1. Wasn’t the ornery one also a red-head? The guy who was supposedly restrained by onlookers when he was going to beat the guy who tried to assassinate him to death with his walking stick, I think he was Scottish but it may have just been reading about how very CRANKY he was and comparing it to grandma’s family….

          Andrew Jackson!
          Which just supports your argument about the illustrations, because he’s usually shown with white hair.

          The way that some folks only want to call the see-through-skin, absolute carrot haired folks “redheads” (and others consider the faintest tint of auburn to be red headed) plus the way that there’s some cultural baggage probably doesn’t help.

    2. My son was telling me he found history in school boring. I replied that was because they were teaching it wrong – history is fascinating.

      1. I grew up devouring American Heritage magazine – the earlier iteration, the hard-bound with no adverts, when Bruce Catton was the editor. My mother had a lifetime subscription, and I am trying to purchase as many of the older issues as they appear at book sales.

      2. I absolutely hated English classes in high school (Shakespeare? Byron? Blech!), and I say this as someone who eventually got an advanced degree in English lit and has worked as a professional writer in marketing departments for nearly 20 years. The American school system (maybe it’s just schools in general) can turn literally ANYTHING into a boring, repellent slog.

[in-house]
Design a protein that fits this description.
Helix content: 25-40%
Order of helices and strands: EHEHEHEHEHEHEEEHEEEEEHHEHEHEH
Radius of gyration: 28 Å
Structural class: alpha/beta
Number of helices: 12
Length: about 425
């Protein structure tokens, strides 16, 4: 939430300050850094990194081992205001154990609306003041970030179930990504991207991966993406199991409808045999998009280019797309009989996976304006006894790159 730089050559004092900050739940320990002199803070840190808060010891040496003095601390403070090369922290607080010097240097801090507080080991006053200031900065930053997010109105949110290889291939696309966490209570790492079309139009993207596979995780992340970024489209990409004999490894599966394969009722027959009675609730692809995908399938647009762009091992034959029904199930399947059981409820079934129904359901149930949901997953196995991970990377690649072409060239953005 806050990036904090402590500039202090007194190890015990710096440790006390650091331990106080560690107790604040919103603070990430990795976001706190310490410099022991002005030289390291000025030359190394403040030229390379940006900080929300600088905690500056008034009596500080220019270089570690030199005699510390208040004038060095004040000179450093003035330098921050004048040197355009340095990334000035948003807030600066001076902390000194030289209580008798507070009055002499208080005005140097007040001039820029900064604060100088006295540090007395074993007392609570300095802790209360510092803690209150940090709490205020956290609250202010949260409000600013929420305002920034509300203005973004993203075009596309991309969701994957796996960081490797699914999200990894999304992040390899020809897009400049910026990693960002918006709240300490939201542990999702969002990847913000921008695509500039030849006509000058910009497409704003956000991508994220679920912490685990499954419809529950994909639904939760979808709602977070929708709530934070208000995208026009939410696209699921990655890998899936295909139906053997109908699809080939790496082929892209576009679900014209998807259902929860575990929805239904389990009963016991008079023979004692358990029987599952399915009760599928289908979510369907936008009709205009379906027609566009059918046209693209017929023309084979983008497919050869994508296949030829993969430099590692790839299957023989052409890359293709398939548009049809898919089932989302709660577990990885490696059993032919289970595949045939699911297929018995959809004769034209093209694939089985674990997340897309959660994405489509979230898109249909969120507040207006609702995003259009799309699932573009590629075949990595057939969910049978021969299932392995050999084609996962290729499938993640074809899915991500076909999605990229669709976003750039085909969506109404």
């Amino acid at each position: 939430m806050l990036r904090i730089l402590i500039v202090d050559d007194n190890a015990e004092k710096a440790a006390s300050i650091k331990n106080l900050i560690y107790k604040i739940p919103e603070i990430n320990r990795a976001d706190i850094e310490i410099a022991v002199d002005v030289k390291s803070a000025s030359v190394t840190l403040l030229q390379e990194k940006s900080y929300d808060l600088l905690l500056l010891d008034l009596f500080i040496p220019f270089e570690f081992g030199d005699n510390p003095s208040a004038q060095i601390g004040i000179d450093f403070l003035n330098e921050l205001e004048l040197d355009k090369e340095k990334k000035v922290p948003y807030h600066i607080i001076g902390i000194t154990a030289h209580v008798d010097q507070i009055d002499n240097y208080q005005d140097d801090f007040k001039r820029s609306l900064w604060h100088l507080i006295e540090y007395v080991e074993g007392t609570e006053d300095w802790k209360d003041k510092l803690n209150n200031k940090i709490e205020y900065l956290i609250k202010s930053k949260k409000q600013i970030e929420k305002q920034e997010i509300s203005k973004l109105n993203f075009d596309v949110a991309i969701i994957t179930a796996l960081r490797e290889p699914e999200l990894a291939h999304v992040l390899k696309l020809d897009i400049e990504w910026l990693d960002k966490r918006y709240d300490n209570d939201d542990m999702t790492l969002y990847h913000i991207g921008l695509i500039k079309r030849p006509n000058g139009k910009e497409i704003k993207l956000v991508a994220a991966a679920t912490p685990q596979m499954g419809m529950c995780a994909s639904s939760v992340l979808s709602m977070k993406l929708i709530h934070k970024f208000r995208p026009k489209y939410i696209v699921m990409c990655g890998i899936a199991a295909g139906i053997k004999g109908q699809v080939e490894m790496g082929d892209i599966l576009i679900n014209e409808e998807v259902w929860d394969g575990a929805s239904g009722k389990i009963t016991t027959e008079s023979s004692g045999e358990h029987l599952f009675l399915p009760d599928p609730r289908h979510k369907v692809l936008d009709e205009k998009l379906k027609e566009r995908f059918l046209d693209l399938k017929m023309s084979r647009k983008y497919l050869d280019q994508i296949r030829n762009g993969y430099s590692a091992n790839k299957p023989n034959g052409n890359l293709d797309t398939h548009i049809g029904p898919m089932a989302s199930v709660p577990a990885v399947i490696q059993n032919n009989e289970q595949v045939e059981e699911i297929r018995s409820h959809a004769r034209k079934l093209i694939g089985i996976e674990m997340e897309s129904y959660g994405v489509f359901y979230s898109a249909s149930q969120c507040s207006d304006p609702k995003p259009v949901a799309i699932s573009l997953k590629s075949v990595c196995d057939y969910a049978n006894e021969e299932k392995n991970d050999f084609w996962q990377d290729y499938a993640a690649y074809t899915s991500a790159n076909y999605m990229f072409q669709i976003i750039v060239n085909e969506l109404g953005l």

1. There were books I enjoyed BEFORE I read them in English class and AFTER. But not DURING.

          1. There are… probably some I enjoyed after, but most of them I didn’t touch again afterward for years.

          2. This wasn’t just me then?

            I had to read and ‘interpret’ both TREASURE ISLAND and TOM SAWYER in my English class, and I hated them for being so blasted boring. Then a few years later I read them on a long trip because I had nothing else, and it was like I was reading two different books. I enjoyed them so much!

            1. The tactic of “listen to them being read aloud by your classmates, one paragraph at a time” doesn’t do any book favors, but ones that are well written and enjoyable with decent emotional impact are hardest hit.

  4. But I bought like five books on training them because it was interesting. But intellectuals read non-fic books on…. oh, The Epistemology of Bees. Or Critical Race Theory in Underwater Diving.

    You know, that sounds kind of like some of the religious reading I do.

    I don’t mean in the “wow, that sucks” manner, I mean in the “managing to find connections to some aspect of theology in dang near anything, up to and including dirty diapers.” (OK, usually the religious thoughts I have related to diapers are either “oh Lord, what is that?” or “gee, I feel like I’m reading entrails…”)